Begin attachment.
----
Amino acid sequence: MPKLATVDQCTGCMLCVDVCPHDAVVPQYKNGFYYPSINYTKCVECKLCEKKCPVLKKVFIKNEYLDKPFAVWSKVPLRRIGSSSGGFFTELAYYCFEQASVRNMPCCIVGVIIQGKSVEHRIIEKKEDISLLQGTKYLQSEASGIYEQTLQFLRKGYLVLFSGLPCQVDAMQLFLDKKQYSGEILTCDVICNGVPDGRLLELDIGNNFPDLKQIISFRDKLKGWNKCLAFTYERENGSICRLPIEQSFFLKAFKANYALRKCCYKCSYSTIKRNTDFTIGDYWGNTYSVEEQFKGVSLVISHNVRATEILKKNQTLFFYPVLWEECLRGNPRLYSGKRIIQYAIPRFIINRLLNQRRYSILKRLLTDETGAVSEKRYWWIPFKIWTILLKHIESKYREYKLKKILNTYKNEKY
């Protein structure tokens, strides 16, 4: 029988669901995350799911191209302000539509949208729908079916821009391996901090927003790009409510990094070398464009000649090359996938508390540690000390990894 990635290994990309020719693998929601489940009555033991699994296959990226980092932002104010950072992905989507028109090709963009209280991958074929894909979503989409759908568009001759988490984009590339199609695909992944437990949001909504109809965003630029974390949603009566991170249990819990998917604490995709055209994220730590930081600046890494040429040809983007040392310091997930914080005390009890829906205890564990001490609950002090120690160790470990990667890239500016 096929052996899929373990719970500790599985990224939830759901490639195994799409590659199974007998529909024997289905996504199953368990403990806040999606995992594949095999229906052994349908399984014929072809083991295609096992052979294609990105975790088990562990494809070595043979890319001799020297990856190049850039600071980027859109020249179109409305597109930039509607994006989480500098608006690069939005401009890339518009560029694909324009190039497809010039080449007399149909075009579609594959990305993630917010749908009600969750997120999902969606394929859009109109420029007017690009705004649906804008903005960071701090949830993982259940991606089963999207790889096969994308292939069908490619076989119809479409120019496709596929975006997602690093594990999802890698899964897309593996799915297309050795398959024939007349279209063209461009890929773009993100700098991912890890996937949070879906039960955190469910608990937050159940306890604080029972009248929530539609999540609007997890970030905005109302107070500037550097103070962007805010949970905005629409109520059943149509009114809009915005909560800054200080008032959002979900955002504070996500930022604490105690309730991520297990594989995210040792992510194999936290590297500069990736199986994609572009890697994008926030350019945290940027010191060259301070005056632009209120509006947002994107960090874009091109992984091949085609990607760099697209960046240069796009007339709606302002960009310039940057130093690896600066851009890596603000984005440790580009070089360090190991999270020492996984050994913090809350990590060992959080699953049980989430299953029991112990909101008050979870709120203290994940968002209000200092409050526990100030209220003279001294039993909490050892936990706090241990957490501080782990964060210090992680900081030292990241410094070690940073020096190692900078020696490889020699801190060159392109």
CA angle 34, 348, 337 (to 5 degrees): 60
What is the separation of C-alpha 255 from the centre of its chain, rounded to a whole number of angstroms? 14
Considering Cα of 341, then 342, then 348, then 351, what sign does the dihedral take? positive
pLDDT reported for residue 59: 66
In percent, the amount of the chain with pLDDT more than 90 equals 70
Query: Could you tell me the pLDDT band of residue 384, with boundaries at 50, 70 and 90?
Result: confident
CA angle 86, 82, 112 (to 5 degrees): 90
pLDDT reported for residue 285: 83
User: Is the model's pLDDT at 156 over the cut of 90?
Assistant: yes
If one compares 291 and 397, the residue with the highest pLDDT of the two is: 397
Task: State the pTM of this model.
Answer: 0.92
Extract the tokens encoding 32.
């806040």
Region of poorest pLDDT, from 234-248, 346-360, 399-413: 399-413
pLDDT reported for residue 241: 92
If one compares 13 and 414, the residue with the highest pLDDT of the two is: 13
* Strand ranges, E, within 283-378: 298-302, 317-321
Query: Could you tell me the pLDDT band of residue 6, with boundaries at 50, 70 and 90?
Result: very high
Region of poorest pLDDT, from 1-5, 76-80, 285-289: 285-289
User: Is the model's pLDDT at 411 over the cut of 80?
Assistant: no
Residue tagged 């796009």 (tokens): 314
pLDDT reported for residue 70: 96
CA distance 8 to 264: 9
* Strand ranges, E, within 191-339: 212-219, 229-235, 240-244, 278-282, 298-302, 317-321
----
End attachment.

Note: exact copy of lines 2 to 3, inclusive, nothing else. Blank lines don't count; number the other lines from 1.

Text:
């Protein structure tokens, strides 16, 4: 029988669901995350799911191209302000539509949208729908079916821009391996901090927003790009409510990094070398464009000649090359996938508390540690000390990894 990635290994990309020719693998929601489940009555033991699994296959990226980092932002104010950072992905989507028109090709963009209280991958074929894909979503989409759908568009001759988490984009590339199609695909992944437990949001909504109809965003630029974390949603009566991170249990819990998917604490995709055209994220730590930081600046890494040429040809983007040392310091997930914080005390009890829906205890564990001490609950002090120690160790470990990667890239500016 096929052996899929373990719970500790599985990224939830759901490639195994799409590659199974007998529909024997289905996504199953368990403990806040999606995992594949095999229906052994349908399984014929072809083991295609096992052979294609990105975790088990562990494809070595043979890319001799020297990856190049850039600071980027859109020249179109409305597109930039509607994006989480500098608006690069939005401009890339518009560029694909324009190039497809010039080449007399149909075009579609594959990305993630917010749908009600969750997120999902969606394929859009109109420029007017690009705004649906804008903005960071701090949830993982259940991606089963999207790889096969994308292939069908490619076989119809479409120019496709596929975006997602690093594990999802890698899964897309593996799915297309050795398959024939007349279209063209461009890929773009993100700098991912890890996937949070879906039960955190469910608990937050159940306890604080029972009248929530539609999540609007997890970030905005109302107070500037550097103070962007805010949970905005629409109520059943149509009114809009915005909560800054200080008032959002979900955002504070996500930022604490105690309730991520297990594989995210040792992510194999936290590297500069990736199986994609572009890697994008926030350019945290940027010191060259301070005056632009209120509006947002994107960090874009091109992984091949085609990607760099697209960046240069796009007339709606302002960009310039940057130093690896600066851009890596603000984005440790580009070089360090190991999270020492996984050994913090809350990590060992959080699953049980989430299953029991112990909101008050979870709120203290994940968002209000200092409050526990100030209220003279001294039993909490050892936990706090241990957490501080782990964060210090992680900081030292990241410094070690940073020096190692900078020696490889020699801190060159392109």
CA angle 34, 348, 337 (to 5 degrees): 60